Or the ‘doctors plot’ of 1952-53 – in which leading doctors were suspected of seeking to assassinate government officials – is seen as an excuse for a widespread anti-Semitic purge and deportation, halted only because of Stalin’s death (we may thank Khrushchev for this piece of speculation). However, the only way such an assumption can work is that many doctors in the Soviet Union were Jewish; therefore the attack on doctors was anti-Semitic. Equally, even more doctors were Russian, but for some strange reason, the plot is not described as anti-Russian.
Does Boer think that his readers will not scrutinize his claim that “even more doctors were Russian”? To some extent this is true, because the people who read his idiotic blog would believe that Stalin walked on water. This was a typical comment from one of his fans (I hope it was not Paul Le Blanc or Scott McLemee using a fake name).
Did any other world leader of comparable stature denounce anti-Semitism in such strong terms as Stalin’s reply to the US-based Jewish News Agency? Did any other world leader of comparable stature denounce anti-Semitism as not only ‘an extreme form of racial chauvinism’, but as ‘the most dangerous vestige of cannibalism’?
I had no idea that cannibalism gave birth to anti-Semitism but let’s leave that aside for purposes of remaining tethered to the planet Earth.
What’s more important is to understand that of the nine doctors arrested, six were Jewish. In other words, it is irrelevant that maybe two-thirds of Soviet doctors were not Jewish. The reason anti-Semitism was detected in the “doctor’s plot” was the ethnic composition of those arrested. That Boer can pussyfoot around this reality shows that he has really absorbed the essence of Stalin’s politics—the mastery of the big lie.
The rest of Boer’s article is an attempt to prove that anti-Semitism could not exist in the USSR because the constitution banned it. There’s no argument that this is what it said. That was some great fucking constitution even if it was not worth the paper it was written on.
Finally, something should be said about one of Stalin’s boldest initiatives on behalf of Soviet Jews—at least nominally, the creation of Birobidzhan, the Jewish Autonomous Region that Stalin gave the green light to in 1932. This was not a choice made by Russian Jews but one made by Stalin for them. It was consistent with his disregard for the rights of self-determination that Lenin decided to fight from his deathbed, dubbing Stalin a “vulgar Great-Russian bully”.
This was not Stalin’s last foray into Jewish nation building. In 1944 Stalin decided that the Jews had a case for building a state over the objections of the Arabs, the Palestinians foremost among them. In doing so, he became a “friend of the Jews” at least in the eyes of their Zionist leaders. You can read about this forgotten moment of history in a September 2014 Le Monde Diplomatique article titled The Forgotten Alliance by historian Michael Réal:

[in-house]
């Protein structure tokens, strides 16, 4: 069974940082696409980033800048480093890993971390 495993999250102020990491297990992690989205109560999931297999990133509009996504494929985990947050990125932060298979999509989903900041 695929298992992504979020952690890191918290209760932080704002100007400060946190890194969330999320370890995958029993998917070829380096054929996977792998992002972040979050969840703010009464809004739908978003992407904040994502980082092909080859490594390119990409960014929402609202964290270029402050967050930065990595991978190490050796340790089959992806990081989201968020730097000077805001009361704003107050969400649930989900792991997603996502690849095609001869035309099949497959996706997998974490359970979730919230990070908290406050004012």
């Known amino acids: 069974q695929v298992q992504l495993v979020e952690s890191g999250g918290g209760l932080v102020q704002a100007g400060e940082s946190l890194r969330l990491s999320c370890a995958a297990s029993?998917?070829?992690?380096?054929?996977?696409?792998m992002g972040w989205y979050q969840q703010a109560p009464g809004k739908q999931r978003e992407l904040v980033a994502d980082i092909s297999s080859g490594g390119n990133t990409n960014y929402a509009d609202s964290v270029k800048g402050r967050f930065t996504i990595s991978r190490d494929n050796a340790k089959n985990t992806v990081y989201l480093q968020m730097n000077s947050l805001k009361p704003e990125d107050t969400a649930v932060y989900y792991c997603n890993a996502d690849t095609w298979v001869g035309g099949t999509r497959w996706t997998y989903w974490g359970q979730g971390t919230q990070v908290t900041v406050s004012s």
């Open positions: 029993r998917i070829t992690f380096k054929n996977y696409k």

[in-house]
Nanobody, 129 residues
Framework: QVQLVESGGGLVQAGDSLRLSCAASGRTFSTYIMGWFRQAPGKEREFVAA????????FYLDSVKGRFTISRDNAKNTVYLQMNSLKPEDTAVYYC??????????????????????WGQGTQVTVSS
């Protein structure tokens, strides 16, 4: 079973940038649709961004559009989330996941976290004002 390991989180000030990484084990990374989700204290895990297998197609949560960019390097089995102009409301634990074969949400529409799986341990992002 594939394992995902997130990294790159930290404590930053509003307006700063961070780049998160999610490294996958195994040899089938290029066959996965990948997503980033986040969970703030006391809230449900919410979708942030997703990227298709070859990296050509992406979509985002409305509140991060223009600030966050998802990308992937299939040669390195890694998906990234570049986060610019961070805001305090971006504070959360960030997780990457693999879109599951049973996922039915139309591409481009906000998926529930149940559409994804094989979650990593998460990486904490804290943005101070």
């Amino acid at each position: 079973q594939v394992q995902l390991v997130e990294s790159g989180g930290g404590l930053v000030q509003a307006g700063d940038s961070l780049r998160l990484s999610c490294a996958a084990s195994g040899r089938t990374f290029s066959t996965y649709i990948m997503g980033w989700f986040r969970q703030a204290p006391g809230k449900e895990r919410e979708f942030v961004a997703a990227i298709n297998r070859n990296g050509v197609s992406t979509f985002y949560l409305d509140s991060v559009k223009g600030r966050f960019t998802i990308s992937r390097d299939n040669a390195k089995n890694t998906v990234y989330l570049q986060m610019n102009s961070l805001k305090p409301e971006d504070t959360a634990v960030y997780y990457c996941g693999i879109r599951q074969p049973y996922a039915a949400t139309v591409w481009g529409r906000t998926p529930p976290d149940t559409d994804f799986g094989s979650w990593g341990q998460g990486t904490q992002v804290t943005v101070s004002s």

The USSR supplied people willing to settle in Palestine. In 1946 the Soviets allowed more than 150,000 Polish Jews to go to the British and American occupied zones in Germany, where they entered camps for displaced people. There were few alternatives to Palestine for Jewish survivors of the Nazi camps, or those with neither home nor family at the end of the war. Moscow deliberately exacerbated this problem, putting Britain, under strong pressure from the Zionist movement and the US, in a difficult situation. The US was unwilling to take these refugees in, but feared the impact on US public opinion of newsreels showing boats of illegal immigrants en route to Palestine being turned back by British forces.
Before 1948, the USSR directly or indirectly supported secret immigration operations organised by the Jewish Agency for Israel, sending Jews from eastern Europe, especially Romania and Bulgaria (66% of the Jews who arrived in Palestine between 1946 and 1948 came from there).
After 15 May 1948 and Israel’s declaration of independence, encouraging immigration became yet more urgent. Israel’s fledgling army needed recruits — so supplying the flow of migrants meant participating in the Israeli war effort. Between 1948 and 1951 more than 300,000 Jews from eastern Europe went to Israel — half of the total influx of migration during that period.
Moscow also supported Israel in another aspect of its demographic battle: the homogenisation of its population, which led to the departure — mainly through expulsion — of over 700,000 Palestinian Arabs. The USSR absolved Israel of responsibility and blamed the British. In 1948 the Soviet Union voted against UN resolution 194 on the possible return of Palestinian refugees.
Later on, the USSR would orient to the Arab states but by then it was too late. The damage had already been done.